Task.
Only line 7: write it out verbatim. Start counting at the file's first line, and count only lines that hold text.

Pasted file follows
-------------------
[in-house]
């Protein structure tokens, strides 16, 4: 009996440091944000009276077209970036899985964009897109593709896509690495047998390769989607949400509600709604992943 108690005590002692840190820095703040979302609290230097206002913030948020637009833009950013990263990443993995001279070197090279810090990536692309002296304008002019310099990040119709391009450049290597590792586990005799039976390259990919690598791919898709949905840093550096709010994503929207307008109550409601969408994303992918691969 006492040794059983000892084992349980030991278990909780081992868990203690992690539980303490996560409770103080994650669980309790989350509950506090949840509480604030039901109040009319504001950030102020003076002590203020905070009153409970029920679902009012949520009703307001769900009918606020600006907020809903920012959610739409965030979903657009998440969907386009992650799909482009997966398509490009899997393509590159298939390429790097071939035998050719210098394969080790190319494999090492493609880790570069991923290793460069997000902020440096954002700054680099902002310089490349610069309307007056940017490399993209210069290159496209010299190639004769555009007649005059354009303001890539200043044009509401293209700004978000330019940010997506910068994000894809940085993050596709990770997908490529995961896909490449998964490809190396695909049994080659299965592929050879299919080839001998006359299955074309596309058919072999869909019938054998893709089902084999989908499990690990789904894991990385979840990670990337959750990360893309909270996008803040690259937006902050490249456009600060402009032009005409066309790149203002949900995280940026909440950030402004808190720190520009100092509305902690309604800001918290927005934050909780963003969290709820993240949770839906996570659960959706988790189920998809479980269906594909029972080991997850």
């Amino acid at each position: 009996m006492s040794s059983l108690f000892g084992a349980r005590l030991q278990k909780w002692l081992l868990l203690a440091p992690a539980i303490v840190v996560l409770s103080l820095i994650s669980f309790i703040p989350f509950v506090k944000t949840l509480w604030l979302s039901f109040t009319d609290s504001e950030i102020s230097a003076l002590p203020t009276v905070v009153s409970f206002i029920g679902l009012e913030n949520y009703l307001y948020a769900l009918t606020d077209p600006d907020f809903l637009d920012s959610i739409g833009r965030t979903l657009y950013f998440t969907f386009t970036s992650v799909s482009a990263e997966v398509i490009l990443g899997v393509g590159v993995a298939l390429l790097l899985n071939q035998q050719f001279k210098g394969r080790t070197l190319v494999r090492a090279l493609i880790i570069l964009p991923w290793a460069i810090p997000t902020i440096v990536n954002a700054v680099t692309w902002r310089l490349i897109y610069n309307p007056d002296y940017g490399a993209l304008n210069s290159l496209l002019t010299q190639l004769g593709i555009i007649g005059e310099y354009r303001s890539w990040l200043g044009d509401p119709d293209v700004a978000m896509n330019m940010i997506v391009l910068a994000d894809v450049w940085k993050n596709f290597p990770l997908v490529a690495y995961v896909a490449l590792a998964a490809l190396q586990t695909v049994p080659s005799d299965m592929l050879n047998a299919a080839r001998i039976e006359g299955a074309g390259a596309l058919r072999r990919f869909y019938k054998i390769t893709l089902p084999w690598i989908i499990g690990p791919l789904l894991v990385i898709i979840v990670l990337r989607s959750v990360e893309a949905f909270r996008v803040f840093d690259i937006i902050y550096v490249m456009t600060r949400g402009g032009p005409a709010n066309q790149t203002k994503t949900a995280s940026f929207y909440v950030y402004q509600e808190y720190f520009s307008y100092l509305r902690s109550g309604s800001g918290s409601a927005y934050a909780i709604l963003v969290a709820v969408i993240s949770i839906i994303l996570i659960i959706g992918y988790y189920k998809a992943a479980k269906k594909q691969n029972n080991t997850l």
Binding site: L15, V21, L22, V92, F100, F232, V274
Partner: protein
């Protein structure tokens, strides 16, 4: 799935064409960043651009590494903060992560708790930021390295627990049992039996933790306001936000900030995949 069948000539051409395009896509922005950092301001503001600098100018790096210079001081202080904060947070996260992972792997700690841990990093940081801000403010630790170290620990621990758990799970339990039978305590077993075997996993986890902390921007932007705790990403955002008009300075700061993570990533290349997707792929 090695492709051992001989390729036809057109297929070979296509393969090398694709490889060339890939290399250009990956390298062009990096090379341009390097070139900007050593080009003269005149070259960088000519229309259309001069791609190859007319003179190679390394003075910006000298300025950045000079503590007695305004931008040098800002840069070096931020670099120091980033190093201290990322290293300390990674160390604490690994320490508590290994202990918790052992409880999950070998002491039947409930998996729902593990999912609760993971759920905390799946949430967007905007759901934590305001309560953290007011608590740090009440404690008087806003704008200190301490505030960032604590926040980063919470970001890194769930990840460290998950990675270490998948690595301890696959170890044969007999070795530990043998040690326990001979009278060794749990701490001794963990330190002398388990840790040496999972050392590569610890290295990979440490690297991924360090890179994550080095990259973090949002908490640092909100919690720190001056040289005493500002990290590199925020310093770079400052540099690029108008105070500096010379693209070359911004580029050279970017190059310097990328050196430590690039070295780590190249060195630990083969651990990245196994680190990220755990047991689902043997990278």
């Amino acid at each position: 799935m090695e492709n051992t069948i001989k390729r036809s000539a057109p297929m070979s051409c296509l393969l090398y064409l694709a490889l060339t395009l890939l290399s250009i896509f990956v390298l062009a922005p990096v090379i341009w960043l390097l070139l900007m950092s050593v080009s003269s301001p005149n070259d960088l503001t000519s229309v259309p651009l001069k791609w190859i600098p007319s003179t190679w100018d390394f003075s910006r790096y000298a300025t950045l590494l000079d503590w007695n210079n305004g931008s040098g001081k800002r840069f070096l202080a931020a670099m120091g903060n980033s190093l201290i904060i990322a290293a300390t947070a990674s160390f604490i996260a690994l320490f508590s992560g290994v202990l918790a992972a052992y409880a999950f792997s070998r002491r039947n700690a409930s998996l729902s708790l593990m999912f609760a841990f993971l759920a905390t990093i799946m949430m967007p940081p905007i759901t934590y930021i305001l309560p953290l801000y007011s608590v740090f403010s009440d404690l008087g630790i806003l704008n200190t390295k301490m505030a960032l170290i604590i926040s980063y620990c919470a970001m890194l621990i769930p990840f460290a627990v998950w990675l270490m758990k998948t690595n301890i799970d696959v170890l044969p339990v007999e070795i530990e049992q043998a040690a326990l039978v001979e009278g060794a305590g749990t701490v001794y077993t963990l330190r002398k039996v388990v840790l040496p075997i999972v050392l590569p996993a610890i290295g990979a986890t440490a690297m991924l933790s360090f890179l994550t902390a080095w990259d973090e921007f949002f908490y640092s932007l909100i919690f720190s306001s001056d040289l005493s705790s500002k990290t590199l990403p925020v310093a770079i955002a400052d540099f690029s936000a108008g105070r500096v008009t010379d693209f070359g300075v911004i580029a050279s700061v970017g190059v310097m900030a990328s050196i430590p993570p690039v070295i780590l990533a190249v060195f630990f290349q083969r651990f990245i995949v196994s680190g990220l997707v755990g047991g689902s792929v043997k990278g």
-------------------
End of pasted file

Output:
């Amino acid at each position: 799935m090695e492709n051992t069948i001989k390729r036809s000539a057109p297929m070979s051409c296509l393969l090398y064409l694709a490889l060339t395009l890939l290399s250009i896509f990956v390298l062009a922005p990096v090379i341009w960043l390097l070139l900007m950092s050593v080009s003269s301001p005149n070259d960088l503001t000519s229309v259309p651009l001069k791609w190859i600098p007319s003179t190679w100018d390394f003075s910006r790096y000298a300025t950045l590494l000079d503590w007695n210079n305004g931008s040098g001081k800002r840069f070096l202080a931020a670099m120091g903060n980033s190093l201290i904060i990322a290293a300390t947070a990674s160390f604490i996260a690994l320490f508590s992560g290994v202990l918790a992972a052992y409880a999950f792997s070998r002491r039947n700690a409930s998996l729902s708790l593990m999912f609760a841990f993971l759920a905390t990093i799946m949430m967007p940081p905007i759901t934590y930021i305001l309560p953290l801000y007011s608590v740090f403010s009440d404690l008087g630790i806003l704008n200190t390295k301490m505030a960032l170290i604590i926040s980063y620990c919470a970001m890194l621990i769930p990840f460290a627990v998950w990675l270490m758990k998948t690595n301890i799970d696959v170890l044969p339990v007999e070795i530990e049992q043998a040690a326990l039978v001979e009278g060794a305590g749990t701490v001794y077993t963990l330190r002398k039996v388990v840790l040496p075997i999972v050392l590569p996993a610890i290295g990979a986890t440490a690297m991924l933790s360090f890179l994550t902390a080095w990259d973090e921007f949002f908490y640092s932007l909100i919690f720190s306001s001056d040289l005493s705790s500002k990290t590199l990403p925020v310093a770079i955002a400052d540099f690029s936000a108008g105070r500096v008009t010379d693209f070359g300075v911004i580029a050279s700061v970017g190059v310097m900030a990328s050196i430590p993570p690039v070295i780590l990533a190249v060195f630990f290349q083969r651990f990245i995949v196994s680190g990220l997707v755990g047991g689902s792929v043997k990278g």